Heavy Duty Mechanics, also known as Heavy Equipment Technicians, are responsible for the repair, maintenance, and testing of mobile heavy equipment. HDM’s employ their preventative maintenance knowledge and troubleshooting skills to prevent breakdowns and diagnose and repair heavy equipment. Almost every major industry requires knowledgeable and capable Heavy Duty Mechanics, including construction, railways, forestry, marine, oil and gas, mining, transportation, construction, material handling, landscaping and land clearing. There is always demand for mechanics to keep these necessary machines functioning.

Depending on the industry and equipment, HDM’s may have a hand in power, transmission, braking, electronic and hydraulic systems. Some of the common off-road equipment, loaders, shovels, skidsteers, bull dozers, plows, haul trucks and forklifts.  On-road equipment includes such as highway trucks, cranes, trailers. No matter what the industry, safety is the number one priority.

Heavy Duty Mechanic salaries are dependent largely on the industry and the location. Jobs is popular cities such as Vancouver and Toronto can pay anywhere between $25-$42 /hour, whereas work in more remote locations can pay upwards of $50/hour. Along with the wage, employees also usually enjoy benefits, overtime, and allowances. Click here for up-to-date salary information for Heavy Duty Mechanics.

Curious as to what the day in the life of an HDM is like? Check out this video from WorkBC featuring a real-life Heavy Duty Mechanic. In the video he goes over his daily duties, and what he didn’t expect from the job—such as the focus on paperwork, computer software, and customer service.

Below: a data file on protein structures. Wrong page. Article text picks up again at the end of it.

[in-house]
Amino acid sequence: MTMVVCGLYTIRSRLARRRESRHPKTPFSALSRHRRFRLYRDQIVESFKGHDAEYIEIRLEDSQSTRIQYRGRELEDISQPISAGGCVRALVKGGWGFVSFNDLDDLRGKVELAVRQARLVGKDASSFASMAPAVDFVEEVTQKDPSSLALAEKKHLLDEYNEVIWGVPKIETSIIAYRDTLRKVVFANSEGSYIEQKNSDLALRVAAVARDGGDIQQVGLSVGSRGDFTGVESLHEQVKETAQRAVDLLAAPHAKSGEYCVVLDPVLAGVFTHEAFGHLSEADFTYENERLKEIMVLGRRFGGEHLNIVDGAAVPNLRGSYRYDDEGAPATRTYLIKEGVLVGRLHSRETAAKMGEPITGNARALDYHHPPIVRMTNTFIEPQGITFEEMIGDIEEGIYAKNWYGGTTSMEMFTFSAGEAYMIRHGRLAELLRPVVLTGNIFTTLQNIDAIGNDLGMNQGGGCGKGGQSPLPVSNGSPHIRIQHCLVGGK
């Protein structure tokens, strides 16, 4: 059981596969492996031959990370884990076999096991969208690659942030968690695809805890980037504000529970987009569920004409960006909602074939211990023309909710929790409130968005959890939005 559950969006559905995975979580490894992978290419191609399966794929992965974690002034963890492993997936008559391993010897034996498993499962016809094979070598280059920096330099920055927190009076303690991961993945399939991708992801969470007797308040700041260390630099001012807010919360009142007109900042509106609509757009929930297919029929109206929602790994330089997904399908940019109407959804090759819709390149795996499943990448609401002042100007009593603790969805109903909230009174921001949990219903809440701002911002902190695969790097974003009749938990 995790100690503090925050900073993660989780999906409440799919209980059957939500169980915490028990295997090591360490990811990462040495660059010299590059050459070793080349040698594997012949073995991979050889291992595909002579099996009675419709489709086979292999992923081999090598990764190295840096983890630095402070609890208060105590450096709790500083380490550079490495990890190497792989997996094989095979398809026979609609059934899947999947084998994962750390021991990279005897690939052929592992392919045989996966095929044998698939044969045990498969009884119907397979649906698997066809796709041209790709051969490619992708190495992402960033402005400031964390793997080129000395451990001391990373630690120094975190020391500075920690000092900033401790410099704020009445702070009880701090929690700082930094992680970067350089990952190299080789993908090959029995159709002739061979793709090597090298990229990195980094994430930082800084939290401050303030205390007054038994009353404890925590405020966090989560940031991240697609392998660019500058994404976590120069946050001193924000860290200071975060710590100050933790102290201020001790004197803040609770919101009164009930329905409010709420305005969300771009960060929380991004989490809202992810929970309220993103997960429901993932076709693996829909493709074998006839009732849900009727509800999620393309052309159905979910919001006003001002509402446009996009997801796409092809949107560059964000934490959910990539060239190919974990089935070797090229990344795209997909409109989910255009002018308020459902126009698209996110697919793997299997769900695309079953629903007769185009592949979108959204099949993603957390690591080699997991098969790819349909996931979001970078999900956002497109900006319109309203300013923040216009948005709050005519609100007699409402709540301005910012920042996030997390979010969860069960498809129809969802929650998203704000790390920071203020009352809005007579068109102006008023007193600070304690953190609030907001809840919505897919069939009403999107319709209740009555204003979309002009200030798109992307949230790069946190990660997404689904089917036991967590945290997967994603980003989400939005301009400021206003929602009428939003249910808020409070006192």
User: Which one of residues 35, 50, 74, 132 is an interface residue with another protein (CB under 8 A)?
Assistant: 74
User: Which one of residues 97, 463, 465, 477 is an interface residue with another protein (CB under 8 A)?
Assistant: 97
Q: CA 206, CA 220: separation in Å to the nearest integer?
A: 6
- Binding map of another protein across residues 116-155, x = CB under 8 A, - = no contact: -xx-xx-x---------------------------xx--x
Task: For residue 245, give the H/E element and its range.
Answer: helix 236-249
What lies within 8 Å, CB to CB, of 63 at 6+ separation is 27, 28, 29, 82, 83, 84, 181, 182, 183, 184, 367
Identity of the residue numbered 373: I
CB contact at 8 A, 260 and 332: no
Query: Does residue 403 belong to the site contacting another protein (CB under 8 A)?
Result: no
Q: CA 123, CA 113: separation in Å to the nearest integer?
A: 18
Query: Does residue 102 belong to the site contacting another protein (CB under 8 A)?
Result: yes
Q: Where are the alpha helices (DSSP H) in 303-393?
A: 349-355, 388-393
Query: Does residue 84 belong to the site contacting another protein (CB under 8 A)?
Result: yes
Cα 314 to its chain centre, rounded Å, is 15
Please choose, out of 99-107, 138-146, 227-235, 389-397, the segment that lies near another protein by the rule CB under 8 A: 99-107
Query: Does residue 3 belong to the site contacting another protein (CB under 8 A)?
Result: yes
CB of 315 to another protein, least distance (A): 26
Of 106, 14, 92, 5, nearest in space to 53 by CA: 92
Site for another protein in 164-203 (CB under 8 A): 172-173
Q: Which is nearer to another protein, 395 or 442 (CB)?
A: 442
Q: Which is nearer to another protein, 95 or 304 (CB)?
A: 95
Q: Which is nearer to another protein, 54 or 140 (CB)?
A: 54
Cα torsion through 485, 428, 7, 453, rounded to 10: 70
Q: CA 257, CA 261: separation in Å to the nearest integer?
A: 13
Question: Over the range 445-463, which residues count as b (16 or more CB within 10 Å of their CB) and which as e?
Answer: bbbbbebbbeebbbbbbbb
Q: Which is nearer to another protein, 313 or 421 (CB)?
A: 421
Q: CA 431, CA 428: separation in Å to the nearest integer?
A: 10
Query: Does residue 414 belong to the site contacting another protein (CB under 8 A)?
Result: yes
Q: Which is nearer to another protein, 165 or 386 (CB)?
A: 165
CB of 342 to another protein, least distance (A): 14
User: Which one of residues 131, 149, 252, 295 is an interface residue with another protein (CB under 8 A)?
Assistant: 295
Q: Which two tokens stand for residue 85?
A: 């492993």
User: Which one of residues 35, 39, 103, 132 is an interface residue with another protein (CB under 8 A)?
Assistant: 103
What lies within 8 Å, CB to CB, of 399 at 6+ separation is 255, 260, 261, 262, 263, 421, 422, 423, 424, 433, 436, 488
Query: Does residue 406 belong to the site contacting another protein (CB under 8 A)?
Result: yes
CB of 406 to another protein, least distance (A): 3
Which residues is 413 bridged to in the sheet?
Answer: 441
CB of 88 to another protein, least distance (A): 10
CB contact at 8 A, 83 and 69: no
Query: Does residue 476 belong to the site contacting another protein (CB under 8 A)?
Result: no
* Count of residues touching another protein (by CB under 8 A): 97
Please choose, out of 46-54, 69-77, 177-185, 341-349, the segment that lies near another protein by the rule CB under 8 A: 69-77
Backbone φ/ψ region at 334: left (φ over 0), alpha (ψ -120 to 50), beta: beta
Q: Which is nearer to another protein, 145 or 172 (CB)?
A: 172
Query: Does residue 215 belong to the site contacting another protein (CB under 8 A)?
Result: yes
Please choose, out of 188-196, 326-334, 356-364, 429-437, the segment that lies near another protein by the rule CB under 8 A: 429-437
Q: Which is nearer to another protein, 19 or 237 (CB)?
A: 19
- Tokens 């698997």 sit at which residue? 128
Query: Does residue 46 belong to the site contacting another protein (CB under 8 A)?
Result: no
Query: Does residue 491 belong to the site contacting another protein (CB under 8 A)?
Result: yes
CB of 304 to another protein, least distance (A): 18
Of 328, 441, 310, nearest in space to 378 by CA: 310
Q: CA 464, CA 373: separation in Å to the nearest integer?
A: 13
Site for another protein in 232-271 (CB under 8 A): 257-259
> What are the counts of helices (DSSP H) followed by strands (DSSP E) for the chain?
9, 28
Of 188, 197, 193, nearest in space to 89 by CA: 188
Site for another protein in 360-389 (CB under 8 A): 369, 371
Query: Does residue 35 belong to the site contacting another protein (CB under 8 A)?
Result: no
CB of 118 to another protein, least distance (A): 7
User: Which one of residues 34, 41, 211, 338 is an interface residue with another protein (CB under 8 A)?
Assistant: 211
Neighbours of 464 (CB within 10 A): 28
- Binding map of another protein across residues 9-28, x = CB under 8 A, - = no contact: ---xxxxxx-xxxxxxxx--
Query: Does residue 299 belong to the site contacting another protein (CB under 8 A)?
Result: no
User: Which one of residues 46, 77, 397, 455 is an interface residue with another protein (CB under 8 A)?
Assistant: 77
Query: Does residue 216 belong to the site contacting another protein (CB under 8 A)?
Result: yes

How to become a Heavy Duty Mechanic

Across Canada, the requirements to become a Heavy Duty Mechanic vary slightly. Usually, it requires a secondary school diploma and completion of 3-5 year apprenticeship program. Upon completion of an apprenticeship program, one becomes and Journeyperson Heavy Duty Mechanic qualified to work as an HDM in their own province. However, many choose to take it a step further and sit the Red Seal exam, after which they are entitled to work in any province. Many mechanics who have been in the industry for a long while, or those immigrating to Canada and have extensive, real-life experience, can also choose to challenge the Red Seal exam.

For more information on how to become a Heavy Duty Mechanic, check out the following links for British Columbia, Alberta, Saskatchewan, Manitoba, Ontario, Quebec, Newfoundland and Labrador, New Brunswick, Nova Scotia, PEI, Yukon, Northwest Territories, and Nunavut.

To see a list of our current vacancies for Heavy Duty Mechanics, check out our job board.

For more information on Heavy Duty Mechanics, click here.

Do you have questions about Heavy Duty Mechanics you’d like to put to the community? Consider leaving a question on our new Q&A site!

 

 

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